Get Carter (1971)

on March 18, 1971 by BOXOFFICE Staff
Michael Caine, a London strongarm man, returns to his hometown of Newcastle to attend brother Frank's funeral. Officially, Frank drowned when he drunkenly drove his car into a river, but Caine thinks otherwise.

   As tough and unsympathetic a character as he's ever played is Michael Caine's role as London gangster Jack Carter. Based on Ted Lewis' novel "Jack's Return Home," the MGM British production is nasty, violent and sexy all at once. It should please in the action market, but won't win any laurels for Caine, although his portrayal of the vicious anti-hero impresses. Producer Michael Klinger made "Repulsion" and "The Penthouse," in similar veins. Debuting as a film director, Mike Hodges from British TV relies on symbolism too heavily but makes excellent use of locations in Newcastle-upon-Tyne, with the new clashing with the traditional. Hodges also did the screenplay, lingering over the plot lines for more than half of the film before bursting into an orgy of violence. Playwright John Osborne follows up his fine celluloid acting debut in "First Love" with a good job here. Rosemarie Dunham handles her landlady role well, overshadowing nominal co-star Britt Ekland. Despite major billing, Ekland merely has a cameo part, but makes her phone conversation with Caine a highly erotic interlude. Roy Budd composed and played a mod score, while Jack Fishman's lyrics are drowned out. Tighter editing would help considerably.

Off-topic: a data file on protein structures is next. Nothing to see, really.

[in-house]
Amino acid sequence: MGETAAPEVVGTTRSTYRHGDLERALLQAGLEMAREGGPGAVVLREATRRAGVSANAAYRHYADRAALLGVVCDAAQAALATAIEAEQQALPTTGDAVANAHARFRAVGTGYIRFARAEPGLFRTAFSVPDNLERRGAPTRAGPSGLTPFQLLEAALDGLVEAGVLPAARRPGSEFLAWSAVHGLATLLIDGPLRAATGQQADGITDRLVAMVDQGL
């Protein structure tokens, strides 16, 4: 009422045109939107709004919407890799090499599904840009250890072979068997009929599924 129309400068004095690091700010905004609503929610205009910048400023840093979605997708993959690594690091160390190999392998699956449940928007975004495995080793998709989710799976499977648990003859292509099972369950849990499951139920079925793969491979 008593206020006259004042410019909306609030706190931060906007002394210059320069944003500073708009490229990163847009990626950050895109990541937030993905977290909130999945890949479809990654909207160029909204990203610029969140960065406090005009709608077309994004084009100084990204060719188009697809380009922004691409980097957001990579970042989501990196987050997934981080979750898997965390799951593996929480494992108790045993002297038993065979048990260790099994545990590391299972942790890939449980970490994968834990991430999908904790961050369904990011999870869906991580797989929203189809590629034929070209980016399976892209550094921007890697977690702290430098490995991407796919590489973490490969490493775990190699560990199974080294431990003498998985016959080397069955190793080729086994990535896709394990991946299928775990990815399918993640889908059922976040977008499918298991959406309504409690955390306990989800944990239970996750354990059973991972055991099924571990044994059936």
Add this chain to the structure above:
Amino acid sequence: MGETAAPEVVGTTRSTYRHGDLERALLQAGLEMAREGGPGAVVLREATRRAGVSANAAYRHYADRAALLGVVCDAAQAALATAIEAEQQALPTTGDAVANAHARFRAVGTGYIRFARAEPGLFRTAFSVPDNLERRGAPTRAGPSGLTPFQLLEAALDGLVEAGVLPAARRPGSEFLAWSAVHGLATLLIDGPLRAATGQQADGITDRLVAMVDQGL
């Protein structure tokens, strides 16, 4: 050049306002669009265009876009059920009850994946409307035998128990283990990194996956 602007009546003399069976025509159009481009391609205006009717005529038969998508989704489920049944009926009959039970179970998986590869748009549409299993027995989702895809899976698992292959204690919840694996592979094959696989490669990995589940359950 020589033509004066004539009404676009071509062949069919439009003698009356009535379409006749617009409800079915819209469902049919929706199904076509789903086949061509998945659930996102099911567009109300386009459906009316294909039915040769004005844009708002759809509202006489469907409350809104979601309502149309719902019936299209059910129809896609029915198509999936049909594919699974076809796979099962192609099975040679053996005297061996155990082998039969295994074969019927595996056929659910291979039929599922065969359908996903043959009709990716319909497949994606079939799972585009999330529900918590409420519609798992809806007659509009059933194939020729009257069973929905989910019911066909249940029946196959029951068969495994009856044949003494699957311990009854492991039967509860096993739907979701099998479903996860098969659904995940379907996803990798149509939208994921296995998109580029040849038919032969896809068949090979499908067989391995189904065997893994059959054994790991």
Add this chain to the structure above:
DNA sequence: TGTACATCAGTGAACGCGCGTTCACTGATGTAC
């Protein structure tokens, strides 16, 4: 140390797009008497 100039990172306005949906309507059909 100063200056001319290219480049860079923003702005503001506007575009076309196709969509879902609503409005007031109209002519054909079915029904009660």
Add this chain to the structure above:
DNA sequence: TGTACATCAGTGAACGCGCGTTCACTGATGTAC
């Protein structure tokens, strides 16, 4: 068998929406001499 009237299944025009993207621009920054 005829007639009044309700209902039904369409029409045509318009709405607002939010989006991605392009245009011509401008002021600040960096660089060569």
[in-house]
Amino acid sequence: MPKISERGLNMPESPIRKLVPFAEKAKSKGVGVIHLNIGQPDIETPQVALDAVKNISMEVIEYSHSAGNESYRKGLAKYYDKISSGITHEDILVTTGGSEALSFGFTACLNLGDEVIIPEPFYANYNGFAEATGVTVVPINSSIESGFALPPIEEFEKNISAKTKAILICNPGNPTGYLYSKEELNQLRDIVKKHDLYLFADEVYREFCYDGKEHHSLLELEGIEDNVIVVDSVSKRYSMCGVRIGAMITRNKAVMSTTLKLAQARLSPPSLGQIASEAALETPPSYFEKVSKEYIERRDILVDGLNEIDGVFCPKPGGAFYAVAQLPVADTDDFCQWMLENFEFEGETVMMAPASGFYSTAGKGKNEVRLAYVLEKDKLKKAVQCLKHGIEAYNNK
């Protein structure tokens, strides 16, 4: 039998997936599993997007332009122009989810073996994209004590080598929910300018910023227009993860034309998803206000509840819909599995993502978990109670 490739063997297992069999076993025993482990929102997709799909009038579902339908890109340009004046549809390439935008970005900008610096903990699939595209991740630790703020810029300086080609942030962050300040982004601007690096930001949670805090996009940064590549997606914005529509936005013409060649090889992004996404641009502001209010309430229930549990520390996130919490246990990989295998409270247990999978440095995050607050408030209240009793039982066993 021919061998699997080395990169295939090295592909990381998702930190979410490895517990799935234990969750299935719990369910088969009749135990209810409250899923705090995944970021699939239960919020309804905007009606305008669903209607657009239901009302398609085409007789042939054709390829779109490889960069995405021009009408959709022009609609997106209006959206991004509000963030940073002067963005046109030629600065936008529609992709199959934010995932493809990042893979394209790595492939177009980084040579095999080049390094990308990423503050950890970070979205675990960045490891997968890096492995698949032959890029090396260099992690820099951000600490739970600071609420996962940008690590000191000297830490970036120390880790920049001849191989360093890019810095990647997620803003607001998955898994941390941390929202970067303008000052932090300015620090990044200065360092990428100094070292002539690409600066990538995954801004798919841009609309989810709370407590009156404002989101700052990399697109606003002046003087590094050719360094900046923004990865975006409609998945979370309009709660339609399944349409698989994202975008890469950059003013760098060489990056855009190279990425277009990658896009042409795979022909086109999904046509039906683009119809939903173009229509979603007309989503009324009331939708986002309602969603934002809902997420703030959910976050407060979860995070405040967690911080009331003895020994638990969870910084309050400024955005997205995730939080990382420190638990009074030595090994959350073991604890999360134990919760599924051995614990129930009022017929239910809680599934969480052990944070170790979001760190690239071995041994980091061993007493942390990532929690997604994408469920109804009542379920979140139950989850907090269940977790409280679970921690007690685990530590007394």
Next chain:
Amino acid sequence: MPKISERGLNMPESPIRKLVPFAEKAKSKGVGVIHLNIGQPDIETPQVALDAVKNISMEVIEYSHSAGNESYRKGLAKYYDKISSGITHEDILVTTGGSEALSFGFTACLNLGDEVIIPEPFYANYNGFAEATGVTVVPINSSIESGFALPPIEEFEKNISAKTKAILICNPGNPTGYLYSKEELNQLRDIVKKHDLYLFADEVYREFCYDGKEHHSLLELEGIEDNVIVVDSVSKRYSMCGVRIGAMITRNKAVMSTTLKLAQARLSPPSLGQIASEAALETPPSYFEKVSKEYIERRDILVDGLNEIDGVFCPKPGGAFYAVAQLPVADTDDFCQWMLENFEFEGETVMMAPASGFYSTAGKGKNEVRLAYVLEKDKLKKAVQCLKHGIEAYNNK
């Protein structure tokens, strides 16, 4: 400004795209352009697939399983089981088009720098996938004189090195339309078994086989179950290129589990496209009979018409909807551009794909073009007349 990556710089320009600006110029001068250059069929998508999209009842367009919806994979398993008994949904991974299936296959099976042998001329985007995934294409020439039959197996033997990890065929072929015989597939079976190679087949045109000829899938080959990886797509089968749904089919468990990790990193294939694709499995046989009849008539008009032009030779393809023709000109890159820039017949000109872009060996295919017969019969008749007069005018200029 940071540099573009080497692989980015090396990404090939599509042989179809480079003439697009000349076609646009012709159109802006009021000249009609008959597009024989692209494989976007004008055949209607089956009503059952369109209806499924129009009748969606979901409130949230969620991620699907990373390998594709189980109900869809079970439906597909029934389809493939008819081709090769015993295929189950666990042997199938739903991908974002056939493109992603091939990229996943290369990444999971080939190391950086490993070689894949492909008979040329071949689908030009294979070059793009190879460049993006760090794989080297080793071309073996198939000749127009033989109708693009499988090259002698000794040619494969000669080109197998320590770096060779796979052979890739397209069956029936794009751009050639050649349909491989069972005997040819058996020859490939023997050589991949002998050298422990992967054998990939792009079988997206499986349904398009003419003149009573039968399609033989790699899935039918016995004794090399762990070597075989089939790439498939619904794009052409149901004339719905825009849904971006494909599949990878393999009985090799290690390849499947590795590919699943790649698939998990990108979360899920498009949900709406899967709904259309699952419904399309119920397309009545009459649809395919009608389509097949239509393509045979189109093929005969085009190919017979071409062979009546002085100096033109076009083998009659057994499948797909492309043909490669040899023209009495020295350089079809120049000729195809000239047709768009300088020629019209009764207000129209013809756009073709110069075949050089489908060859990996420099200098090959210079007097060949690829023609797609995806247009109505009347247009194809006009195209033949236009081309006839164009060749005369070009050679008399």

Arrange tie-ins with Ted Lewis' novel, "Jack's Return Home." Play up the backgrounds.

   Michael Caine is Carter, a Very Tough Character...He's a Private Eye, an Underworld Gangster and a Notorious Ladies Man in Newcastle, England.

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